How it’s worked is this: a First World War British Captain facing a scared German Soldier in No Man’s Land, both wounded, both with a gun pointed at the other, neither able to speak the other’s language, is about to die. With the stiffest of upper lips, he is prepared for it, accepts it. Instead, he winds up at the south Pole, with the two Doctors, kidnapped by a barenakedlady made out of CGI glass.

To save confusion, this is not an enemy. This is Testimony, an organisation created in the 5 Billionth Century, that reaches through time to people at the moment of their death, extracts and copies their memories and returns them to that moment, so as not to upset the flow of history. In short, they are granting immortality, to everyone, who’s names, faces, bodies, personalities can be recreated on these women of glass. The dead, all of them, can live again. Including Bill Potts.

Much of the hour is taken up with working through this plot, to find out who Testimony are and learn they’re not baddies. In the end, Twelve and One have to take the Captain back, to the crater, to the frightened German, to his death. By then, hope of a miracle has undermined his stoicism.

The Captain is played by Mark Gatiss. In a way, he’s a stereotype, almost but not a caricature. Gatiss plays him note-perfect, in every quaver and semi-quaver. He may be a type but he’s a human type, quiet, determined, incredibly brave. He breaks your heart just standing there, so clearly baffled by what has happened to him, yet accepting of his fate. He goes without a name until the moment he has to return to his position in the crater, and then that name is both so obvious and yet so heart-achingly perfect: Captain Lethbridge-Stewart.

But Twelve has a trick, one impossible trick.bTime can be cheated, but only because of the day this is, the one impossible day in all the history of War. He moves the scene forwards in time, two hours. From the German trenches, the sound of singing, Stille Nacht, Heilige Nacht. From the British trenches, Silent Night, Holy Night. It’s the Christmas Day Armistice, the troops spreading out into No Man’s Land, shaking hands, sharing food and drink, booting a football around. And two wounded men in a crater receive first aid, and don’t shoot each other.

Of course, it’s all a Moffat cheat, it’s the complete upset of everything Testimony do, it’s changed time, and I can see that even as I’m swept up into the great big swirl of emotion, and I give way to the sentiment being evoked, and to the stoic, quiet man who accepted his duty, who trusted his wife to carry on, whose love for his sons was evident even as he was accepting that his removal from them was the natural way of things, who gets to go home after all. Goodwill and tidings of joy to all Lethbridge-Stewarts, whenever you are.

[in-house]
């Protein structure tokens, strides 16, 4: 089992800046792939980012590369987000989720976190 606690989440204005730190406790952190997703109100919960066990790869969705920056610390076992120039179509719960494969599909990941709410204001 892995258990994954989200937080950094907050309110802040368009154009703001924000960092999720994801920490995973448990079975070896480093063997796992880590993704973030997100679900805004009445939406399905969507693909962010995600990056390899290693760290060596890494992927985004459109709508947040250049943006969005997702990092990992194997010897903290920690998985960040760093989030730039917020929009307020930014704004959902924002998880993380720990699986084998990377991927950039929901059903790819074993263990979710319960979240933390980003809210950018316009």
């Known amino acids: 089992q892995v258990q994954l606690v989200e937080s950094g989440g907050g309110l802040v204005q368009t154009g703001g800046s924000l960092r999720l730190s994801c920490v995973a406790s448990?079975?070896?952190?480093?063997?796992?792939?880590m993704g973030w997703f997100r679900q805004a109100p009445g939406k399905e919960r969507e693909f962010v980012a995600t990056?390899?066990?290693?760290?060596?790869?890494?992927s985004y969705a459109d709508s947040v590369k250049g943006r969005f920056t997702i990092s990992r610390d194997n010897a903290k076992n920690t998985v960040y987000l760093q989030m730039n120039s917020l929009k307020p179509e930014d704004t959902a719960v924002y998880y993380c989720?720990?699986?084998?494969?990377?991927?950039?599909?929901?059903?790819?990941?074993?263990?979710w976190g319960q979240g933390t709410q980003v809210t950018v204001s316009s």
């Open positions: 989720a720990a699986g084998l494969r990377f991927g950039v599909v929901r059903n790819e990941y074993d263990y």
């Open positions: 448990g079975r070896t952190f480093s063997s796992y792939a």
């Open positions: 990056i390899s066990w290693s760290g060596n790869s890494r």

He’s pulled it off, or enough of it for me to give Moffat credit for a beautifully judged finale, only he’s Stephen Moffat and he can’t help himself, he has to go and blow it completely with some twattishly stupid, overwrought, overdrawn-out writing that Capaldi has no alternative but to go Over The Top with, as he rants around the Tardis shouting instructions to the next Doctor as to what he’s got to be, like the next Doctor doesn’t already know after twelve times round the houses, sounding for all the world like Stephen Moffat trying to stamp an indelible stamp all over Doctor Who and tie Chris Chibnall into a strait-jacket.

Then Chibnall gets his, what was it, ninety seconds? and chucks poor Jodie out of the door still wearing Capaldi’s clobber (her own is nothing to write home about either).

So, behind the running around, the outrageous appeals to sentiment (I so did not need Jenna Coleman popping up to play Clara-the-Calamity, even for sixty seconds) there was a deeply affecting story that deeply affected me. Only it wasn’t the Doctor’s struggle with himself to accept Regeneration, which was a hideous piece of ghastly hamming, it was Mark Gatiss and Captain Lethbridge-Stewart, and the understanding that no matter how alien they seem to us now, such men were real, and what they thought and felt was real, no matter how much they had to mask it.

And that made this hour worthwhile to me.

Uncollected Thoughts: The Doctor Falls


Series 10

It’s been something like two whole seasons since I last watched Doctor Who, with not even getting rid of Jenna Coleman being enough to tempt me back whilst Stephen Moffat was still there. I tended to read the reviews in the Guardian, though not always, doubtful that the praise being lavished on the current series, and particularly on Pearl Mackie as current companion, Bill Potts, was enough to make the series any more palatable to me.

Last night marked the end of the season and the ends of Moffat and Peter Capaldi, who will always go down for me as the Doctor who could have been abso-frickin’-lutely brilliant but in the end was wasted by the flailing/flailing imagination of his writer. It got such a write-up, and gave one massive spoiler away that I felt compelled to break the moratorium and catch the episode whilst it’s still just possible to use the BBC i-Player without having to register.